2 CHAPTER 1INTRODUCTION
would reasonably be taken on such a structure would be to sort it into alphabetical
order, to add new records and delete old ones, and to retrieve entries based on
one or more search keys like last name or city of residence. In Chapter 3, we will
present the basics of a naive ﬂat ﬁle implementation, and then in later chapters we
will introduce the structures and algorithms that allow for more sophisticated and
more eﬃcient management of the data.
1.1.1 Layers of Software
A central theme in the development of software in a modern setting is that
software exists in layers. This is critical to understanding concepts of how and
why software is developed the way it is and why there are right ways and wrong
ways to develop code.
If you, for example, are the programmer developing an address book imple-
mentation, your job is to develop code that handles “address-book-ness.” This
will include adding, deleting, and editing records; sorting, displaying, and print-
ing copies; perhaps adding and deleting ﬁelds in the record; and (in many current
applications) linking to web pages or sending text or making phone calls. What
you as the address book programmer ought not to be concerned about is how the
data is stored in detail. That takes place one level down in the software hierarchy.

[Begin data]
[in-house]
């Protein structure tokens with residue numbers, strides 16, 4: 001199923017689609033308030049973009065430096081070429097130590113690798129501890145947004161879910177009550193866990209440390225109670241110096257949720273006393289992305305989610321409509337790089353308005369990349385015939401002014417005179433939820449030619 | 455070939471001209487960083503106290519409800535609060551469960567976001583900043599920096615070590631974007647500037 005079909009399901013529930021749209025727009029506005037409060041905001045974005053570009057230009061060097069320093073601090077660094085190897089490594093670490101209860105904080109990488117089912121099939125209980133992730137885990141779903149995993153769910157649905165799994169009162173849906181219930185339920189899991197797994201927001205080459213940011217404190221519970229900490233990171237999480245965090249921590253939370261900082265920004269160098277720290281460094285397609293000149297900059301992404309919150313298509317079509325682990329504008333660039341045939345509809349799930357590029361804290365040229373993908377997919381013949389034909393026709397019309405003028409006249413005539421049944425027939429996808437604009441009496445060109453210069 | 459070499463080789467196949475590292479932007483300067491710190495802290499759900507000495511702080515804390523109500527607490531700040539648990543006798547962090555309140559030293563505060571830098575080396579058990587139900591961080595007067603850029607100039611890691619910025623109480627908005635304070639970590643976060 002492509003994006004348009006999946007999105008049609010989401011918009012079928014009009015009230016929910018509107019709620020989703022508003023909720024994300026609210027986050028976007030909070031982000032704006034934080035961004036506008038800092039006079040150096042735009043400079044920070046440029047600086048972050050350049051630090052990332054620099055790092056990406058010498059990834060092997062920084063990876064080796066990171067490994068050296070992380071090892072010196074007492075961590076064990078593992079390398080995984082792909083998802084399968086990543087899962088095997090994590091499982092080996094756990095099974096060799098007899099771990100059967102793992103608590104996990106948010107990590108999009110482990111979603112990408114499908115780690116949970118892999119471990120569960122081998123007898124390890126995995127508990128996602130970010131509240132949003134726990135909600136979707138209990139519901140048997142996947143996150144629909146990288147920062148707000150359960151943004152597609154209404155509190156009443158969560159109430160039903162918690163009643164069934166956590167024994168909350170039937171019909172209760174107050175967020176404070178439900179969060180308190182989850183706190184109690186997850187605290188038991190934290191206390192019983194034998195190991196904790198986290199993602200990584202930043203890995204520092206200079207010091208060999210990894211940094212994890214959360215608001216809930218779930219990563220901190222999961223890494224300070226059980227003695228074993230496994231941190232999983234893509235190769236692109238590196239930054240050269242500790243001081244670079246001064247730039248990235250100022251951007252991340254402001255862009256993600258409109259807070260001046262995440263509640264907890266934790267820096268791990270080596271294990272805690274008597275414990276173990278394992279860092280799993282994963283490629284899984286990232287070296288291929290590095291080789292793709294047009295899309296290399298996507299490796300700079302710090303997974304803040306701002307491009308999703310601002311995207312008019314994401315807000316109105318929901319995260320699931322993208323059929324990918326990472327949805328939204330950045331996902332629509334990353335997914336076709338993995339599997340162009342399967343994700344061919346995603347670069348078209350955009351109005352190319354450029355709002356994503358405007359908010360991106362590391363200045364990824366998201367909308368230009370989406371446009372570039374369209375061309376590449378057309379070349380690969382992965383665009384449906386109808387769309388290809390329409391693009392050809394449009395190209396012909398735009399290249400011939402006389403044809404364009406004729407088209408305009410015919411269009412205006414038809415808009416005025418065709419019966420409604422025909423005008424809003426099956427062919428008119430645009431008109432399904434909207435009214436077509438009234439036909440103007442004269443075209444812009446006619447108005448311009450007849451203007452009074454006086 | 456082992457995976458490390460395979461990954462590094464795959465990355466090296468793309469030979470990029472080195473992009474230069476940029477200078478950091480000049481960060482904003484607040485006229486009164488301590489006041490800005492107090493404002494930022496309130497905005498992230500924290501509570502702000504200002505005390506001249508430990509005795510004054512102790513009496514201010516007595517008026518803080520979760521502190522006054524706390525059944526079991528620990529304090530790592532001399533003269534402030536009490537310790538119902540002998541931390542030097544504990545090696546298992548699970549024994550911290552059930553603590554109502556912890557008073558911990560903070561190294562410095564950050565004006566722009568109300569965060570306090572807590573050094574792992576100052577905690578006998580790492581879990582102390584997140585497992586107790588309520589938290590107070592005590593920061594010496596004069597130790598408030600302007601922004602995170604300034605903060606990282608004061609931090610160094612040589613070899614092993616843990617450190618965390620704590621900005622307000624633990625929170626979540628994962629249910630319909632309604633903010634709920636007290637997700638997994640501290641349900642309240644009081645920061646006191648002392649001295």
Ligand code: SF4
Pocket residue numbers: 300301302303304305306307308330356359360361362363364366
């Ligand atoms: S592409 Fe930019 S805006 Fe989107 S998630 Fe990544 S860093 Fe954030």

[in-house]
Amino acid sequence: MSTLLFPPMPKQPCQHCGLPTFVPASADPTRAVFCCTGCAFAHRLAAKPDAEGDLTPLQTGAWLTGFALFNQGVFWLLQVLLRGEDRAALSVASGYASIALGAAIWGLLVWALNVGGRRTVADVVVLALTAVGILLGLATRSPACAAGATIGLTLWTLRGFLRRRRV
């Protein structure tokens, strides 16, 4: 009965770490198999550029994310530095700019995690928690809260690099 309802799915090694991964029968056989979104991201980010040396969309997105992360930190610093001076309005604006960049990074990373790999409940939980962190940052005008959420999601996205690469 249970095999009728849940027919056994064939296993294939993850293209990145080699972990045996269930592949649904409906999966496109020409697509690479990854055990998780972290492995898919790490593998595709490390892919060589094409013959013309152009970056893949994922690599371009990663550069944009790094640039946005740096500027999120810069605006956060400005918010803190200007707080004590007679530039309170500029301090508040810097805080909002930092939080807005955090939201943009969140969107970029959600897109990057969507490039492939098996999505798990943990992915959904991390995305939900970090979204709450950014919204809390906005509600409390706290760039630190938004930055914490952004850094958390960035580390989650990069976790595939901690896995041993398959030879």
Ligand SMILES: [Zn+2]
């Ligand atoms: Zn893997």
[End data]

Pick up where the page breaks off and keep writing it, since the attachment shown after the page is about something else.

Although you need to be aware of the existence of the data storage methods that
have been chosen for use, your code need not be concerned with the implementa-
tion of those storage methods. Implementation of the storage methods should take
place one level down, and that code should be written so as to be independent of
the application that is using it.
This layering of code allows programmers to concentrate on the tasks at hand
without being distracted by other issues, and it allows code to be used by diﬀerent
programs. You have by now used library code for things like input and output.
Your program need not be concerned with how the println statement gets your
data to the console; it need only be conﬁdent that the code will accomplish that
task correctly and consistently. In this course, we will extend that concept to higher
structures that you write as well as to further structures built into Java in the large.
1.1.2 Algorithms and Efﬁciency
Computers demonstrate their real value not when doing small amounts of work on
small amounts of data, but when doing large amounts of work on large amounts of
data or when doing the same small task over and over again. Modern computers are
very fast, much faster than their predecessors of even 10 or 20 years ago. But as fast
as computers are, it is still usually the case that we do need to make programs run at
least reasonably eﬃciently. For this reason, we will cover some of the background of
how we measure the eﬃciency of an algorithm or program and why some algorithms